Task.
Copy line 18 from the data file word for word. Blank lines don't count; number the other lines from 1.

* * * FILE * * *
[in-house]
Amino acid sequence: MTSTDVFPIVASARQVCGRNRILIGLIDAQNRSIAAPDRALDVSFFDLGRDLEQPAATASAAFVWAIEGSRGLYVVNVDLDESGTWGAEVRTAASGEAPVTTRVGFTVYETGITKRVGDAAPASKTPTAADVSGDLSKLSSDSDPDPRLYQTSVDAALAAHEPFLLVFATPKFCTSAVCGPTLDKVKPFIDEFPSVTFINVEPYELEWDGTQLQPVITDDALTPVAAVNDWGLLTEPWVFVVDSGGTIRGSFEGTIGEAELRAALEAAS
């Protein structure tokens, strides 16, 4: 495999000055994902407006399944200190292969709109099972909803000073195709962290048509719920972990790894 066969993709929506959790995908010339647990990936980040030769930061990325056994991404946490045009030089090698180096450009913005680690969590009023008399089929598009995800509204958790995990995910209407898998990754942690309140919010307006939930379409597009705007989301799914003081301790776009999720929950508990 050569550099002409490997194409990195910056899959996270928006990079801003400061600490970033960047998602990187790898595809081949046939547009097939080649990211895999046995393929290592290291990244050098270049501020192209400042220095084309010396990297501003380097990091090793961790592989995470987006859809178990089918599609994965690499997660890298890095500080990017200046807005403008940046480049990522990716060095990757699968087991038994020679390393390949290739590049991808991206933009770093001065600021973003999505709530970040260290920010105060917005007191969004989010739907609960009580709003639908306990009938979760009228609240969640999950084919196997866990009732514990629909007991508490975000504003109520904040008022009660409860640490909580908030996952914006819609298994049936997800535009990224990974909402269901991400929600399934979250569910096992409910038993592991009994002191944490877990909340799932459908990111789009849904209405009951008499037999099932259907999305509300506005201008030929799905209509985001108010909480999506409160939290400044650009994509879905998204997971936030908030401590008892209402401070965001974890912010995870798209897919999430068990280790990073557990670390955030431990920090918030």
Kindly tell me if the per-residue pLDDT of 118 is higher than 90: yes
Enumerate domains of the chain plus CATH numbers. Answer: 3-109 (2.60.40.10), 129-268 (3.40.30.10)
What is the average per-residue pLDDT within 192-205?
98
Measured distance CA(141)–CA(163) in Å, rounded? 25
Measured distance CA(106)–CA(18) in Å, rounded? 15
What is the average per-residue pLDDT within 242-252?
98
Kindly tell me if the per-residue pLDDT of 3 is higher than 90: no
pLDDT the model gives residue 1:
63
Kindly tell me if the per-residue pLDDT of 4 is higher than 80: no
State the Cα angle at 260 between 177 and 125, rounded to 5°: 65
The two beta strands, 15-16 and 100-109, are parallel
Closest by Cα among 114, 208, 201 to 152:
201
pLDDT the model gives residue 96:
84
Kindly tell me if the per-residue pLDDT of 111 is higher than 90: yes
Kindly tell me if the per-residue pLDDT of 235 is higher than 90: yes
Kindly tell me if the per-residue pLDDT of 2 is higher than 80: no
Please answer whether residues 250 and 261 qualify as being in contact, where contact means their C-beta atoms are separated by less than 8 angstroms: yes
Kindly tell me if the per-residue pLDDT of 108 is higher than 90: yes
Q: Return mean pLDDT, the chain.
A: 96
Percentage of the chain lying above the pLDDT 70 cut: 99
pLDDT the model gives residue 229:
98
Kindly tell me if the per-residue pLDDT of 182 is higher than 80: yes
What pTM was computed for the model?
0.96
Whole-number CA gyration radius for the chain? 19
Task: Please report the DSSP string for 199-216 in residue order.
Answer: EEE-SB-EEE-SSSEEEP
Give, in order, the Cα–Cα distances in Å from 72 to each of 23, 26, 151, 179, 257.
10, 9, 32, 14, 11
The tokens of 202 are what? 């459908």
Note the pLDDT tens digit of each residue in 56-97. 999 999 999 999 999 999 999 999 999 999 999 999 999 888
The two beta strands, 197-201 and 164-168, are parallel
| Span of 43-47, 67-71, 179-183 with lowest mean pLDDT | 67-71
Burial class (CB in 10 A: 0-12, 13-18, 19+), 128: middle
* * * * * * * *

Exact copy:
Closest by Cα among 114, 208, 201 to 152: